For connections, it comes as another bonus chapter in an already unlikely story.
The five-year-old was bred by Haras du Logis supremo Julian Ince and his long-time friends and partners, Heiko Volz and Stefan Falk, using the services of Logis teaser stallion Tiberius Caesar.
For those not immersed in the minutiae of the breeding game, a teaser is essentially used to check that a mare is ready to be covered by the stallion before honourably stepping aside.
For a top-class stallion that is visited by 100-plus mares in a season, a return of one or two champions is considered a success.
— ATBloodstock (@ATBloodstock) November 29, 2017
Tiberius Caesar has been allowed the very occasional chance to go through with the cover and had precisely four racing-age products at the start of 2017, all of which means the statistical chances of breeding a winner, let alone an international group one-calibre campaigner, were bordering on astronomical.
The fact that the horse is also responsible for Yellow Storm – which, like Tiberian, is trained by Alain Couetil and was deemed worthy of lining up in the Group One Prix de Diane last June – would appear to defy not only the laws of probability, but many of the fundamentals which underpin the stallion-making business.
After a near-flawless season in France which yielded four victories – including a pair of wins back in the spring over Vase rival and Group One Breeders’ Cup Turf winner Talismanic – Tiberian was sent to Melbourne to race on behalf of his intrepid band of owner/breeders in partnership with Australian Thoroughbred Bloodstock, who took a 50 per cent stake in the horse.
Seventh place in the Group One Melbourne Cup was arguably poor reward after Olivier Peslier made an eye-catching move down Flemington’s long back straight in an effort to combat an unkind draw in 22 of 23.
Watching Tiberian pound down the Sha Tin all-weather track on Monday morning, Couetil was philosophical about that experience, a first for the handler and his storied jockey.
“Of course there are some regrets but he didn’t run all that badly in the Melbourne Cup,” says Couetil.
“He didn’t get the ideal trip and had to use up quite a bit of energy in the back straight. He ran well to the turn and then stayed on.”
Couetil is a relative newcomer to the international racing circuit but has built a reputation as a shrewd operator in France from his base at Senonnes, three hours west of Paris.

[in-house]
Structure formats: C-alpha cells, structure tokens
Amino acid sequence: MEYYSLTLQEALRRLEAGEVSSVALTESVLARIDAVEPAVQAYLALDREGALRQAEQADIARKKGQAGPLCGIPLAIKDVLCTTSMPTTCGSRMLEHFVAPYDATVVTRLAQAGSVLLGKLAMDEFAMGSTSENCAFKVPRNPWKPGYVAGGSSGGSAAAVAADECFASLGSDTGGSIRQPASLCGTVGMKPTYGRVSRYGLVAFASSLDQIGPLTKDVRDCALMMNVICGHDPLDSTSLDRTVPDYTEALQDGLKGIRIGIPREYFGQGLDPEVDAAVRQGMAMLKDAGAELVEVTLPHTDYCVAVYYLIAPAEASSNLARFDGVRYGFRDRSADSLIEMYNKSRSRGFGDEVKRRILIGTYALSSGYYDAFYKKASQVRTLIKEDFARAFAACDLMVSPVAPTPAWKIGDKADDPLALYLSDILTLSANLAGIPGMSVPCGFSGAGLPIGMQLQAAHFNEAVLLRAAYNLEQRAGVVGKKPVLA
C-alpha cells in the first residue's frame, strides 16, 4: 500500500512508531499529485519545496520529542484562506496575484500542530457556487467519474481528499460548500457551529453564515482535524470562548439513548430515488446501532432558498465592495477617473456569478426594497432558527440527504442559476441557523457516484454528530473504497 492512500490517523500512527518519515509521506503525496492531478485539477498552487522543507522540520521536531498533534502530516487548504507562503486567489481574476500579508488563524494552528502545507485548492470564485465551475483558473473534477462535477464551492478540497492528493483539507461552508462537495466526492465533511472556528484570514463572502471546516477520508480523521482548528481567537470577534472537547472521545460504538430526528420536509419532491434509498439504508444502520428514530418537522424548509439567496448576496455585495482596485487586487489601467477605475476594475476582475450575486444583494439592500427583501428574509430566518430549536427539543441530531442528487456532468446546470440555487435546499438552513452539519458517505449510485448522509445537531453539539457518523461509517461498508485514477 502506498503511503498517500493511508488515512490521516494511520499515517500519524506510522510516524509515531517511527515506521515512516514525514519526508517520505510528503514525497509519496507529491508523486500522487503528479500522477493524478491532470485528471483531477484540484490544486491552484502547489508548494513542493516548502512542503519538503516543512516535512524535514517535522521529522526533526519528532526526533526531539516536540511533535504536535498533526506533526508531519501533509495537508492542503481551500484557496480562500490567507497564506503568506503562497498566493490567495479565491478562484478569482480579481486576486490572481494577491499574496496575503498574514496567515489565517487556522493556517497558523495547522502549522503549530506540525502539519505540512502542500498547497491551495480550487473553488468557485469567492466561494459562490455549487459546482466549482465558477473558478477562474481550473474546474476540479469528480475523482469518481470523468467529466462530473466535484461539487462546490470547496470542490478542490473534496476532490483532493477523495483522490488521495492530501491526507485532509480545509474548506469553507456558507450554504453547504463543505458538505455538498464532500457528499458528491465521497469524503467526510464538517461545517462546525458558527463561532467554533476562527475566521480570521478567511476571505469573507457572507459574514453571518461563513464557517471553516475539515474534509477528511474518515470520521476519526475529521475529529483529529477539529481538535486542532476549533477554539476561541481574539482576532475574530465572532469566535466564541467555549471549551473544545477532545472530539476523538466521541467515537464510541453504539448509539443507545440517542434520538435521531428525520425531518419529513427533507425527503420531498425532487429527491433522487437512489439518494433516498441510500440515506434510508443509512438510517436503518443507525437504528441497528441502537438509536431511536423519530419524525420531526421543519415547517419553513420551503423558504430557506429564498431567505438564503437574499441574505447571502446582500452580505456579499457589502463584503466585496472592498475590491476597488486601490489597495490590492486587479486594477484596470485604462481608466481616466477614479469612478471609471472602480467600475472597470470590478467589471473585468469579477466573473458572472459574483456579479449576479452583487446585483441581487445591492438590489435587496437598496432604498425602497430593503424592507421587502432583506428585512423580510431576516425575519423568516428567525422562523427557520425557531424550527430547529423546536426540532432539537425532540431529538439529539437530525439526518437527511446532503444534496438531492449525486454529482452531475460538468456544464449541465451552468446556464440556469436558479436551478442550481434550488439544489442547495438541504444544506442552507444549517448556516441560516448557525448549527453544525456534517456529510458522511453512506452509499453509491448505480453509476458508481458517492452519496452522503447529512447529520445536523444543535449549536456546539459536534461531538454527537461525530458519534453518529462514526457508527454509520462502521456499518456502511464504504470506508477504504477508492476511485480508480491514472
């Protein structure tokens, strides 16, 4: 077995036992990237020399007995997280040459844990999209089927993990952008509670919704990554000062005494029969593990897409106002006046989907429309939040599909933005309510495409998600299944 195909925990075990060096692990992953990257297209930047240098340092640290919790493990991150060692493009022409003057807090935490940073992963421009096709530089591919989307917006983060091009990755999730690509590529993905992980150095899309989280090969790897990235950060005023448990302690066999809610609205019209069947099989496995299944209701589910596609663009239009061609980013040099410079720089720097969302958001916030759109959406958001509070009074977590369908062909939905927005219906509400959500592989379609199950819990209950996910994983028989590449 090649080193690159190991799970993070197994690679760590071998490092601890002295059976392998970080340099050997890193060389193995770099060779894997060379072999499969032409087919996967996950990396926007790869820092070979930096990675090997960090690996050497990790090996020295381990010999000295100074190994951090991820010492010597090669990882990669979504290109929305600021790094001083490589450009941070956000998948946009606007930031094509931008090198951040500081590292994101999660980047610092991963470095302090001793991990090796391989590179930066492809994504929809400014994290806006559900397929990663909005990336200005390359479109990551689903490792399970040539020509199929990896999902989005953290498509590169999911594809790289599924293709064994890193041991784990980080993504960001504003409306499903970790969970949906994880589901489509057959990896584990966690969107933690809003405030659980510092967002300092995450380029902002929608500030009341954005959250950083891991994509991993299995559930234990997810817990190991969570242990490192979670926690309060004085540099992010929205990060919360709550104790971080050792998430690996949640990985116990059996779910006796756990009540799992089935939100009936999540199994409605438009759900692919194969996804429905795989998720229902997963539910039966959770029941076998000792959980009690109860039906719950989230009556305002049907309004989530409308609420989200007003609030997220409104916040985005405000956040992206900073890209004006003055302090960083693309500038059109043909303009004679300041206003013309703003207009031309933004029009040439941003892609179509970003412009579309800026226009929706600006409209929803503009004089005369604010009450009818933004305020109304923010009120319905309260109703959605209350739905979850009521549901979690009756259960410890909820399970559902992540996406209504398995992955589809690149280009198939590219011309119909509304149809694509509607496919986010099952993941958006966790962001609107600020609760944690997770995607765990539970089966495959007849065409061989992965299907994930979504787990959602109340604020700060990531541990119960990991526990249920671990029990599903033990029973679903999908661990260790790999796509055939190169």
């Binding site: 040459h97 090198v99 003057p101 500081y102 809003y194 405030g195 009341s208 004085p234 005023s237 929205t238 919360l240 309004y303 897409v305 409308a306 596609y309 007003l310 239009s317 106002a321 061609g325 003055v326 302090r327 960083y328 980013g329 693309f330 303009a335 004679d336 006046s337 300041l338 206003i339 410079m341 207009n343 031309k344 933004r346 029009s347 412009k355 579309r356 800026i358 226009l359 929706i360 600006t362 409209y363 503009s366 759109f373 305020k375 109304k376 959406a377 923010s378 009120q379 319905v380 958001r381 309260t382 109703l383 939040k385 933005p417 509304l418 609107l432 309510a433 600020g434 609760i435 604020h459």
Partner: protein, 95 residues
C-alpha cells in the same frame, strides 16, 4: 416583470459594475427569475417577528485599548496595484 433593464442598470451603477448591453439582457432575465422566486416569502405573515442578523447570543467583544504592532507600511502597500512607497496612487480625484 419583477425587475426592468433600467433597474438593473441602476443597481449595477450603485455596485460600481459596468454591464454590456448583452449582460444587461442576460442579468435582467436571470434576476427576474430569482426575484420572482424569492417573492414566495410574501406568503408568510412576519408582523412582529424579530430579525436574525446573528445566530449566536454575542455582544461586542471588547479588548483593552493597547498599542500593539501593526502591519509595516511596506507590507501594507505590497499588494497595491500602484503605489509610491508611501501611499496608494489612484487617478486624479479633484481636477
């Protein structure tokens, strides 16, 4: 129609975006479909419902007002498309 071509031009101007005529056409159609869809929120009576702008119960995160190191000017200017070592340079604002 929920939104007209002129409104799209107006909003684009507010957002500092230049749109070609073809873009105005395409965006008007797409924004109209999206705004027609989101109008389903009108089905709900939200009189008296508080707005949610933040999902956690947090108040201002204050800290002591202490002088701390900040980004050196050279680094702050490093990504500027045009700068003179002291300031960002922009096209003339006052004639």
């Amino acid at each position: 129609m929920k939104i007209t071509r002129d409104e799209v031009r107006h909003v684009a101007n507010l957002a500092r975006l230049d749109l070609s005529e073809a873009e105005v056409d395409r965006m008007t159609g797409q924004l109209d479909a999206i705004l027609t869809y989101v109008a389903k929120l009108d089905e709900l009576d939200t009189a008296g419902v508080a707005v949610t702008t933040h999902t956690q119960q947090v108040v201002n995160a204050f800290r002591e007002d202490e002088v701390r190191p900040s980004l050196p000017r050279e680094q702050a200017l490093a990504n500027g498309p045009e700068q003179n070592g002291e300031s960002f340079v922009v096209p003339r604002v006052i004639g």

Having been assistant trainer to none other than Andre Fabre, he is certainly a man you want in your corner when it comes to having a horse peak for one big day.
Couetil was pleased with what Tiberian showed him on its first visit to the Sha Tin track on Monday.
“He has settled in very well here and seems very well in himself,” said the trainer, who hadn’t seen Tiberian in the flesh since departing Melbourne several days after the Cup.
“We won’t do a great deal with him this week but he will work on the turf (Tuesday). He got a feel of the grass on Saturday and he was very easy and relaxed like he always is.”
If recent history is any guide, then a French-trained horse stepping back down in trip from the Melbourne Cup to the Hong Kong Vase should command plenty of respect. Americain, the 2010 Melbourne Cup winner, ran third to Mastery at Sha Tin, while 12 months later Dunaden completed the double.
“I expect there will be more pace on here (than in Australia) and he can make the running or drop in, he is flexible like that,” says Couetil.
Tiberian getting aquainted with Hong Kong pic.twitter.com/oFt0HlRkr4
— sian geffray (@frizzzzbee) November 28, 2017
“The 3,200 metres might just be le bout du monde (the limit of his stamina) and 2,400 metres suits him well. He is in great form and may well have progressed because he hadn’t run for nine weeks before the Melbourne Cup, whereas we’re coming in off a month here which is a much more suitable period between races.”
While Couetil is spreading his international wings for the first time with Tiberian, it was something of a shock to discover that the vastly experienced Olivier Peslier had never ridden in Australia until the Saturday before the Melbourne Cup.
But the man the French press routinely refer to as “Magic Peslier” has almost nothing but good memories of the Hong Kong International Races and boasts a record of seven wins from just 33 starts across the four contests.
Victory aboard Tiberian would bridge a gap of eight years back to Peslier’s most recent success: his win in the Cup aboard Vision D’Etat for another western-based trainer in Eric Libaud.
Perhaps more importantly, it would put the 44-year-old in a tie with compatriot Gerald Mosse for the all-time most HKIR wins.
For Couetil and his adventurous owner/breeders, this group one mission could hardly be in safer hands.